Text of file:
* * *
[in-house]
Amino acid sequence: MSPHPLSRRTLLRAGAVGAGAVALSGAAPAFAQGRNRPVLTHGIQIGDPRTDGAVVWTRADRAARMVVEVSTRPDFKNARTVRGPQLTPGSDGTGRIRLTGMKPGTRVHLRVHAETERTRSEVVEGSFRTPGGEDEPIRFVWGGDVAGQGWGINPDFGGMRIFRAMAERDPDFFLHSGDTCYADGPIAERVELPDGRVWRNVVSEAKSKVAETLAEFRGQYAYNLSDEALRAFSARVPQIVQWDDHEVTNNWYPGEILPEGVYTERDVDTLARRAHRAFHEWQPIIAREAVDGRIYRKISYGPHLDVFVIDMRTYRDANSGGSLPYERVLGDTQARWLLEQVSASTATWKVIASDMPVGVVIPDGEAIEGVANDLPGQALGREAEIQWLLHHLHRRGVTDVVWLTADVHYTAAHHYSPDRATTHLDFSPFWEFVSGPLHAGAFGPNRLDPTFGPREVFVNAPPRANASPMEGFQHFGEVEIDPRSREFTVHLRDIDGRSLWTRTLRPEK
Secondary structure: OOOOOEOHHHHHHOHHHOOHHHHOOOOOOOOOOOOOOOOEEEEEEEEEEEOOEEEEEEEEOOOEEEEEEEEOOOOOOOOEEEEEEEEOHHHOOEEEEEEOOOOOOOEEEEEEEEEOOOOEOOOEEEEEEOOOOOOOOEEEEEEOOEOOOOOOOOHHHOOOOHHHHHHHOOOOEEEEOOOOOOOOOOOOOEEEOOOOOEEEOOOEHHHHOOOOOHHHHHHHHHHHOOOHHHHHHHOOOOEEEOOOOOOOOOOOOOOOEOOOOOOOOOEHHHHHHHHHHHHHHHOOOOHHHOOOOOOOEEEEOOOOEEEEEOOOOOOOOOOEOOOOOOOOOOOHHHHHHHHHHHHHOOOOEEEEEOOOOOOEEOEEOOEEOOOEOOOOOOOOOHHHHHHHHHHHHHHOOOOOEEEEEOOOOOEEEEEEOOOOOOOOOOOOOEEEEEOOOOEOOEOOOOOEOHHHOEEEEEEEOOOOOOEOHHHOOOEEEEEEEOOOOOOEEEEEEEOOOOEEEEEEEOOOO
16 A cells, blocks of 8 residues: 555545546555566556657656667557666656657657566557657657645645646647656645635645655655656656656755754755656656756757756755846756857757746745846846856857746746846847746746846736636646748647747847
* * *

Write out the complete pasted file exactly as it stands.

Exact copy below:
[in-house]
Amino acid sequence: MSPHPLSRRTLLRAGAVGAGAVALSGAAPAFAQGRNRPVLTHGIQIGDPRTDGAVVWTRADRAARMVVEVSTRPDFKNARTVRGPQLTPGSDGTGRIRLTGMKPGTRVHLRVHAETERTRSEVVEGSFRTPGGEDEPIRFVWGGDVAGQGWGINPDFGGMRIFRAMAERDPDFFLHSGDTCYADGPIAERVELPDGRVWRNVVSEAKSKVAETLAEFRGQYAYNLSDEALRAFSARVPQIVQWDDHEVTNNWYPGEILPEGVYTERDVDTLARRAHRAFHEWQPIIAREAVDGRIYRKISYGPHLDVFVIDMRTYRDANSGGSLPYERVLGDTQARWLLEQVSASTATWKVIASDMPVGVVIPDGEAIEGVANDLPGQALGREAEIQWLLHHLHRRGVTDVVWLTADVHYTAAHHYSPDRATTHLDFSPFWEFVSGPLHAGAFGPNRLDPTFGPREVFVNAPPRANASPMEGFQHFGEVEIDPRSREFTVHLRDIDGRSLWTRTLRPEK
Secondary structure: OOOOOEOHHHHHHOHHHOOHHHHOOOOOOOOOOOOOOOOEEEEEEEEEEEOOEEEEEEEEOOOEEEEEEEEOOOOOOOOEEEEEEEEOHHHOOEEEEEEOOOOOOOEEEEEEEEEOOOOEOOOEEEEEEOOOOOOOOEEEEEEOOEOOOOOOOOHHHOOOOHHHHHHHOOOOEEEEOOOOOOOOOOOOOEEEOOOOOEEEOOOEHHHHOOOOOHHHHHHHHHHHOOOHHHHHHHOOOOEEEOOOOOOOOOOOOOOOEOOOOOOOOOEHHHHHHHHHHHHHHHOOOOHHHOOOOOOOEEEEOOOOEEEEEOOOOOOOOOOEOOOOOOOOOOOHHHHHHHHHHHHHOOOOEEEEEOOOOOOEEOEEOOEEOOOEOOOOOOOOOHHHHHHHHHHHHHHOOOOOEEEEEOOOOOEEEEEEOOOOOOOOOOOOOEEEEEOOOOEOOEOOOOOEOHHHOEEEEEEEOOOOOOEOHHHOOOEEEEEEEOOOOOOEEEEEEEOOOOEEEEEEEOOOO
16 A cells, blocks of 8 residues: 555545546555566556657656667557666656657657566557657657645645646647656645635645655655656656656755754755656656756757756755846756857757746745846846856857746746846847746746846736636646748647747847